Systems engineering is:
"Big Picture thinking, and the application of Common Sense to projects;”
“a structured and auditable approach to identifying requirements, managing interfaces and controlling risks throughout the project lifecycle.”
“Build the right system; build the system right”.Systems engineering considers the whole problem, the whole system, and the whole system lifecycle from concept to disposal, “from lust to dust”
The V lifecycle model shows the logical relationship between the different systems engineering activities or ‘processes’.
Understanding the Problem
Understand and write down the benefit to be achieved by the system, and how the system will be used. Identify the key measures of operational effectiveness (MOEs), and work out how much improvement you expect from the new system. Identify the stakeholders and agree the system boundary.
Think! How will the environment change betweennow and when the system is ready? And how will the environment and end users respond to the new system?
Investigate alternative solutions
Consider, model and evaluate both novel solutions and improvements to existing ones. Work out how you will choose between the alternatives; and record your decision process and rationale in case things change later and you need to back-track. Define a system architecture that encompasses all elements of the solution.
Prepare the test and support systems
Prepare the test, training and support capabilitiesin parallel with the “operational system”. Makesure they are all compatible and ready when theyare needed to test, commission, deploy and use the system.
Agree and manage the requirements
Requirements form the basis for contracts and acceptance. Starting from the desired effect of the new system, balance requirements with budget and technical feasibility. Identify and consult relevant stakeholders. Identify and manage assumptions. Assess impact of proposed changesand trade-offs. And test the system against its requirements.
Agree and manage the interfaces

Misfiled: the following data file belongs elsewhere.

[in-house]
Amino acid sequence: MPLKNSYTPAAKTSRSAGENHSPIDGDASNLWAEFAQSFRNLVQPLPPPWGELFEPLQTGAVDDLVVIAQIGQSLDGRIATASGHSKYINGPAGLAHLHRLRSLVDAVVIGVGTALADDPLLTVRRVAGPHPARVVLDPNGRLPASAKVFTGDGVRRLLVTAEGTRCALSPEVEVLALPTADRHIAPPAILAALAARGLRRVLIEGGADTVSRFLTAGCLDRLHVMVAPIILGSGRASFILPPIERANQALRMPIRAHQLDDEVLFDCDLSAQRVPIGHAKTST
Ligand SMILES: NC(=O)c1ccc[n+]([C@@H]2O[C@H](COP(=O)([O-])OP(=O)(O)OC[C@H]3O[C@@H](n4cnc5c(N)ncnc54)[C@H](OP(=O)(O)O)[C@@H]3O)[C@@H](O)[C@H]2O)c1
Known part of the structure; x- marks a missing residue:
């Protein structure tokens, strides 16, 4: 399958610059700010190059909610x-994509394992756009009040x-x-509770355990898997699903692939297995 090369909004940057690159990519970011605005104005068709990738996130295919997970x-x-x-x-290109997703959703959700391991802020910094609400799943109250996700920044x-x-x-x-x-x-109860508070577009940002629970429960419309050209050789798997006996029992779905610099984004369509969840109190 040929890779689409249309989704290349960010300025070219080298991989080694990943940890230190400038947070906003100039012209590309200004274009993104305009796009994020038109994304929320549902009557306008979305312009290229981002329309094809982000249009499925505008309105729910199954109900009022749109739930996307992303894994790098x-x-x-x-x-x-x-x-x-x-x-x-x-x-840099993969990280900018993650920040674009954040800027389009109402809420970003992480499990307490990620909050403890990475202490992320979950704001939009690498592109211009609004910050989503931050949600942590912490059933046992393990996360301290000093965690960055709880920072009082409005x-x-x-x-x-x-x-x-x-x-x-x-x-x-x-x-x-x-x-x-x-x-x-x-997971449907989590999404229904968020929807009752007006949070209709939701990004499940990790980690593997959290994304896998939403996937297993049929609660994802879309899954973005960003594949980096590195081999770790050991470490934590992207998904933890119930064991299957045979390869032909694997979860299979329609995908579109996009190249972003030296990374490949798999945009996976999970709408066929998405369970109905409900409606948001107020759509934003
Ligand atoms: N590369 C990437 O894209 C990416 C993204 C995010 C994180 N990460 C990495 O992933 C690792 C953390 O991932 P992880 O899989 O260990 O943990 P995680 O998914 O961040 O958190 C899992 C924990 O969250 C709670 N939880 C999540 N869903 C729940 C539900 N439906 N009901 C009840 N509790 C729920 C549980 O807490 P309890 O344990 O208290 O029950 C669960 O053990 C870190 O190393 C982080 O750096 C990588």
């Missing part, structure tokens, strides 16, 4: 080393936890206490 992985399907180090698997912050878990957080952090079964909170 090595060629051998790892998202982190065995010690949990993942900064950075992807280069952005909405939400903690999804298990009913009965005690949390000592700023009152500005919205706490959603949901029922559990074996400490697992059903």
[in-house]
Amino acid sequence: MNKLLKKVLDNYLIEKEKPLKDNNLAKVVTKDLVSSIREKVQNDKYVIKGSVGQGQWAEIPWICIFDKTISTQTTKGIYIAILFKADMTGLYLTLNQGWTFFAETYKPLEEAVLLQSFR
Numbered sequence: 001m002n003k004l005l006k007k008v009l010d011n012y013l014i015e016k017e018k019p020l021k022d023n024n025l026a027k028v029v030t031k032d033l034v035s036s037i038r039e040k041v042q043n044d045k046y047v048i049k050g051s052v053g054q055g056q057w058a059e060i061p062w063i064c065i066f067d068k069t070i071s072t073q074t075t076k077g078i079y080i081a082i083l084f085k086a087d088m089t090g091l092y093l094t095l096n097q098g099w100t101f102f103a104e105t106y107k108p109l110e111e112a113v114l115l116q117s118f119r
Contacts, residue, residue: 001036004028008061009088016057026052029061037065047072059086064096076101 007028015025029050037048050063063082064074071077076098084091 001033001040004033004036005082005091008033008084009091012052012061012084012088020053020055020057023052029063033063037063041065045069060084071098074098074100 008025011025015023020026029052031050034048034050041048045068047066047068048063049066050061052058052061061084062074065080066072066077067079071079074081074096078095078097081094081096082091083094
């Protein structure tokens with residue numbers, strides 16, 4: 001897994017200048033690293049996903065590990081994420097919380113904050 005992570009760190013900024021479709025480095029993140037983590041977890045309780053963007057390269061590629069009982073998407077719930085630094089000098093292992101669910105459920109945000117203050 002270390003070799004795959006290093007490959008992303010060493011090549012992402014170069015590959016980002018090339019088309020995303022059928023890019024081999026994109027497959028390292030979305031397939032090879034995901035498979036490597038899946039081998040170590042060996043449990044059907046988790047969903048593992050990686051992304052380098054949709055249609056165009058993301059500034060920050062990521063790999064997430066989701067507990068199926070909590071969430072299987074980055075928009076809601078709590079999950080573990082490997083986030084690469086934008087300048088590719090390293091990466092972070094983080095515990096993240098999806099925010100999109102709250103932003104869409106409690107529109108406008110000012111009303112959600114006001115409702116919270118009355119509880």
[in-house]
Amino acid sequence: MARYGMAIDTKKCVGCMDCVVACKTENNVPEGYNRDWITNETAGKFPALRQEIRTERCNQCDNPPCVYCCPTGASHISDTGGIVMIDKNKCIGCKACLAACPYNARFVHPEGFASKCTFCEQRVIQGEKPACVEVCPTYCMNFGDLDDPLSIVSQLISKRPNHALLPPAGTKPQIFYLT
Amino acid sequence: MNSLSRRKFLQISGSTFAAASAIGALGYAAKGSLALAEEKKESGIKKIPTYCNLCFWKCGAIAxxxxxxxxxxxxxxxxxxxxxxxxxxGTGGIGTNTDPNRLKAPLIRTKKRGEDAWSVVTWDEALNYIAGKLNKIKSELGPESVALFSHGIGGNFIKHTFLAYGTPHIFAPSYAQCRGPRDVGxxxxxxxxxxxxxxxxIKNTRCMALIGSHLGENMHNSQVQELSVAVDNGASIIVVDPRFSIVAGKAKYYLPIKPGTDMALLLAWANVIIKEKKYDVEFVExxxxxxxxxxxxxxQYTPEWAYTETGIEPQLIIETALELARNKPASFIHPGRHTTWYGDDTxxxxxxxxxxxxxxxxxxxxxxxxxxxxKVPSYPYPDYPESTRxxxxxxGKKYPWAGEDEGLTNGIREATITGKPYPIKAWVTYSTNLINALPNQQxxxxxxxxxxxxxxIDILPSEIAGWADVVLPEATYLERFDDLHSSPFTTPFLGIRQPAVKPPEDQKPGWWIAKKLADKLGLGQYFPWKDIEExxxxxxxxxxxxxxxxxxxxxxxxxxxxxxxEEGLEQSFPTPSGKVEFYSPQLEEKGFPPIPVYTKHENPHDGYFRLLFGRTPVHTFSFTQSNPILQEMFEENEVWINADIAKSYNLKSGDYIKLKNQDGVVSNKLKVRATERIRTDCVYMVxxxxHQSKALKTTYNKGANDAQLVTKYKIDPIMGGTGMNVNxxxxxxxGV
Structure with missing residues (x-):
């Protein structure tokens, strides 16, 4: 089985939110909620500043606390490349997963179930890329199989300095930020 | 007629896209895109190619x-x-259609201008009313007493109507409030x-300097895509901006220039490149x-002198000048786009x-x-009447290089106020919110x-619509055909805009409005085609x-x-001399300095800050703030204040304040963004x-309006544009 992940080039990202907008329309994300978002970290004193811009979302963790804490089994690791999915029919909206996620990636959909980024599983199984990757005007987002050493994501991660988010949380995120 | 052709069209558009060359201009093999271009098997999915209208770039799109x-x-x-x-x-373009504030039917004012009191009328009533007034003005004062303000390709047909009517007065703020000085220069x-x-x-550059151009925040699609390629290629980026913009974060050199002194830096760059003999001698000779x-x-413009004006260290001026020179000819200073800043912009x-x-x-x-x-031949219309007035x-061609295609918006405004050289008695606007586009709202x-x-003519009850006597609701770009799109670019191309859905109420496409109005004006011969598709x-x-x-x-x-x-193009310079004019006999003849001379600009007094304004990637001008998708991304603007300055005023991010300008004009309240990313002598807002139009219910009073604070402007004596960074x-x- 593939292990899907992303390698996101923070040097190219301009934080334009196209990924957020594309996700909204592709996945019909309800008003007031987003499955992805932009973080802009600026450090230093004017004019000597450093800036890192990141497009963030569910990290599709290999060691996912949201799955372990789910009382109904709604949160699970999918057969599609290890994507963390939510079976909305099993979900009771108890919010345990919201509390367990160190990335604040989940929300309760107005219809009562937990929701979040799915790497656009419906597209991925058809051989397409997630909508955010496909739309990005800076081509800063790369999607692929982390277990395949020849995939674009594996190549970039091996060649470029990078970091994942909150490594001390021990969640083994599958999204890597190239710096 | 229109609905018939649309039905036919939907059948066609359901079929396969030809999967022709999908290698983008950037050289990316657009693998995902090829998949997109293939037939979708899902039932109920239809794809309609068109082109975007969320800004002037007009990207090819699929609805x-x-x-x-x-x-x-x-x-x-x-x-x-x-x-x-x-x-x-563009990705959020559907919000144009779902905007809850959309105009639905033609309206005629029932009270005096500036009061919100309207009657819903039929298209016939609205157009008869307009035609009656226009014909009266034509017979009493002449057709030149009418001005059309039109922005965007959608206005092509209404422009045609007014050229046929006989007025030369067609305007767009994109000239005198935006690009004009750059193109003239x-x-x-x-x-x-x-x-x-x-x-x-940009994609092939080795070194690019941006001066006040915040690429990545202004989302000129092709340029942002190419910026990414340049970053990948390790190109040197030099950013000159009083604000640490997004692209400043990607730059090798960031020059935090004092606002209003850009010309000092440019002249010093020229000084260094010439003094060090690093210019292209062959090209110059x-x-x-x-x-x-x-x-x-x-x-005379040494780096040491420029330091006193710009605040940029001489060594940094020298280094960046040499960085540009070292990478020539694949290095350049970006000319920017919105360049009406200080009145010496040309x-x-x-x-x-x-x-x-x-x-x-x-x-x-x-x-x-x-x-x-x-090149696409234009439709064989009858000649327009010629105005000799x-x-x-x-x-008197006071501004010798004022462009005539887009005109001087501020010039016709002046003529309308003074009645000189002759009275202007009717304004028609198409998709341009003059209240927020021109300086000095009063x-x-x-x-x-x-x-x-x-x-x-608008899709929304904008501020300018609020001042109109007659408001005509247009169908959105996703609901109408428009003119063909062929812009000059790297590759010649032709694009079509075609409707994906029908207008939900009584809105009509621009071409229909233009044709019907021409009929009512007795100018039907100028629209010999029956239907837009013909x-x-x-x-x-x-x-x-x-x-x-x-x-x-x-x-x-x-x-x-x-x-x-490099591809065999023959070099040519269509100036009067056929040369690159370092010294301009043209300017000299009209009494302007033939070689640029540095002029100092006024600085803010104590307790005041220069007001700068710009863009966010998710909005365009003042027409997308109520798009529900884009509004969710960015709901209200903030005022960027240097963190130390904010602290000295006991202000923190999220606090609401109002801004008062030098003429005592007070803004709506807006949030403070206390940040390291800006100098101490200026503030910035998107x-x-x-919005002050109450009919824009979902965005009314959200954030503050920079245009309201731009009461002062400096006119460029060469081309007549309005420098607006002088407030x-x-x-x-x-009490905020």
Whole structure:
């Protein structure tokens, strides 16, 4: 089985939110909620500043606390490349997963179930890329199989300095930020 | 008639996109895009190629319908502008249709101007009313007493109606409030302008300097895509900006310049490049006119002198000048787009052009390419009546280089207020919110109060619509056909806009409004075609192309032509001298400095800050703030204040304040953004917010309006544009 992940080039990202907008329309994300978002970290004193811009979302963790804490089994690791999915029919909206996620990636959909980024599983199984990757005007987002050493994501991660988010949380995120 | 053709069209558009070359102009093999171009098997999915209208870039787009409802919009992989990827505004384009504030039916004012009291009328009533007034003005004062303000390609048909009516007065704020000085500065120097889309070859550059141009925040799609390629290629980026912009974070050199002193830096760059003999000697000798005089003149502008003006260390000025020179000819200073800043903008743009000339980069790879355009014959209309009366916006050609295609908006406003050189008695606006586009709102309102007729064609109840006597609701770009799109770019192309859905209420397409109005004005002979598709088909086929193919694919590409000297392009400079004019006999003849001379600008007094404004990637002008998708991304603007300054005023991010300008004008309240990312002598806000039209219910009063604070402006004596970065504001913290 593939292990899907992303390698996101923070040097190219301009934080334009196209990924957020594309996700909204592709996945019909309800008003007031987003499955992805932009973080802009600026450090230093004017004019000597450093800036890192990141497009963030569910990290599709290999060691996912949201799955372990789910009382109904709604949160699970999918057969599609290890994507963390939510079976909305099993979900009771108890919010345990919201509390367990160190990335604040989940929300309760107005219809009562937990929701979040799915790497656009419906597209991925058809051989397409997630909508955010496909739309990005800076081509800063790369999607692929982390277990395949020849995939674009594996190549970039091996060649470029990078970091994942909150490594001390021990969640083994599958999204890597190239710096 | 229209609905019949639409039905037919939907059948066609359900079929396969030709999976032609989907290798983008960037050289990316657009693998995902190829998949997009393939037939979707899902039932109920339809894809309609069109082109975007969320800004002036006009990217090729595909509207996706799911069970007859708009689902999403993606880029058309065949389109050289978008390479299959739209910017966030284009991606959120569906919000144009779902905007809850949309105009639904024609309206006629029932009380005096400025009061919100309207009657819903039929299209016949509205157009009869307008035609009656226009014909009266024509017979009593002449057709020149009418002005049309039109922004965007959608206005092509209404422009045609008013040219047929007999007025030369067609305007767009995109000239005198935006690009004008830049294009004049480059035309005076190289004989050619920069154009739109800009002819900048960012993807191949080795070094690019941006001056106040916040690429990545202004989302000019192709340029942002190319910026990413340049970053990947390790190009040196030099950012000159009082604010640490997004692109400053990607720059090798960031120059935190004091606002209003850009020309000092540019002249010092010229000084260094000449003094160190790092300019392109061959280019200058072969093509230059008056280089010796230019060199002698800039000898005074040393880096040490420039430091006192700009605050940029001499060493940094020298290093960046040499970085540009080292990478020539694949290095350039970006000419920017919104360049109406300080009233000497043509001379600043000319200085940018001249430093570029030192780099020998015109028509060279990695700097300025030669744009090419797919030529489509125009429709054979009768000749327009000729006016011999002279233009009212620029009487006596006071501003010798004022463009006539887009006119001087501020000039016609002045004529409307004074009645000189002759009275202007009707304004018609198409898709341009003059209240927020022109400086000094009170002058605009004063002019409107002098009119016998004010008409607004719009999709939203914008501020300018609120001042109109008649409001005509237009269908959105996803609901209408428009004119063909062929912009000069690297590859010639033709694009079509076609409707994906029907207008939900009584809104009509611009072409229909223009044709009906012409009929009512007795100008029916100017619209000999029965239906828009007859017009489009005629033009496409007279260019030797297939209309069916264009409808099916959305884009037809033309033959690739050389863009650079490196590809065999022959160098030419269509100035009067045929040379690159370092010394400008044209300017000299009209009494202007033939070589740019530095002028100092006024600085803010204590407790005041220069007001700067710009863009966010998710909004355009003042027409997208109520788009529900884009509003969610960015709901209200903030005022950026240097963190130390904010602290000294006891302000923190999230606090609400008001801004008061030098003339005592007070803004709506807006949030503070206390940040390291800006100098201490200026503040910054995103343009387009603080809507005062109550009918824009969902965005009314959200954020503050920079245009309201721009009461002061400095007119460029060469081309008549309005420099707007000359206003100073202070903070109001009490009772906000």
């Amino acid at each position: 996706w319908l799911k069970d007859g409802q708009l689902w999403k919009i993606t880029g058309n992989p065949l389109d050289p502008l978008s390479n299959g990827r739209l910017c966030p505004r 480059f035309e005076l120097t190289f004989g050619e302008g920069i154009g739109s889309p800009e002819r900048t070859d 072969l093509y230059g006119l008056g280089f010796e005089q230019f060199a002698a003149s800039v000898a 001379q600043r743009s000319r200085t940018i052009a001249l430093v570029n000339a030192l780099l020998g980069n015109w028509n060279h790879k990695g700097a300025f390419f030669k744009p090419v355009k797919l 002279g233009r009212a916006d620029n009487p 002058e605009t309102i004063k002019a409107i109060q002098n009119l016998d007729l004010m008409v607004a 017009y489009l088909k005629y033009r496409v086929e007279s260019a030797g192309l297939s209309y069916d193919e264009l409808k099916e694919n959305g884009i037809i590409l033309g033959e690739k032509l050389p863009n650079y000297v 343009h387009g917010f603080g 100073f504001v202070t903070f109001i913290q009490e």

Manage interfaces to make sure the parts of the solution combine with each other and the operational environment to create an effective whole – and to allow teams to work in parallel confident that all the pieces they are developing will fit together and work together. Identify who is responsible for and involved in each interface.
Track progress against a plan
As well as the traditional project management measures of cost, schedule and resources, it is important to track skills, decisions and technical performance. Adapt to changes and be prepared to backtrack on decisions. Failure to agree requirements or interfaces may be symptoms of deeper problems.
Systems Engineering does:
- - cope with complexity. The benefits of systems engineering include not being caught out by omissions and invalid assumptions, managing real world changing issues, and producing the most efficient, economic and robust solutions to the need being addressed.
By using the Systems Engineering approach, project costs and timescales are managed and controlled more effectively by having greater control and awareness of the project requirements, interfaces and issues and the consequences of any changes.”
Systems engineers work with programme managers to achieve system and project success. Research indicates that effective use of systems engineering can save 10-20% of the project budget.
It is not hard to know when system engineering fails, because when something important goes wrong it usually makes the news fast. People get killed, buildings fall down, companies go bust, the law becomes involved.
But when system engineering goes right, no-one notices - which is just how it should be. The computer works when you switch it on, trains run on time, your flight lands on time and no one gets mad.
The International Council on Systems Engineering (INCOSE) defines systems engineering as “an interdisciplinary approach and means to enable the realisation of successful systems. - -”
UK members were asked what this definition means to them. This leaflet collates the best of these answers into an explanation of the what and why of systems engineering.
Systems Engineering IntegratesTechnical Effort
Across the Development Project :
> Functional Disciplines
> Technology Domains
> Specialty Concerns
This leaflet is intended to help the “intelligent layperson” to understand what systems engineering is and how it could help them and their business.
Half of all project failures could be prevented by more effective systems engineering
More than one in three of all projects will fail. More than two-thirds will not achieve all their aims. Failure is usually obvious only when the project is overdue and the budget has been spent. But decisions and plans made earlier in the project can alter your risk, sometimes dramatically.
Leaflet prepared and published by the UK Chapter of the International Council on Systems Engineering.
With contributions from:
- Timothy Cusk - Network Rail;
- Mark Lewis – Scott Wilson;
- Steve Fielding - Metronet Rail SSL Ltd;
- Jim Brunton – Managed - Complexity;
- Colin Brain – SE Validation;
...and the “Z1 project team”; Ayman El-Fatatry, Ken Astley (SEIC) Samantha Brown (BAE SYSTEMS); Les Oliver (EADS Astrium), Paul Davies and Hillary Sillitto, (Thales); Hazel Woodcock, (Telelogic); and review comments from other UK Chapter Members
All quieries should be addressed to the series editor Hazel Woodcock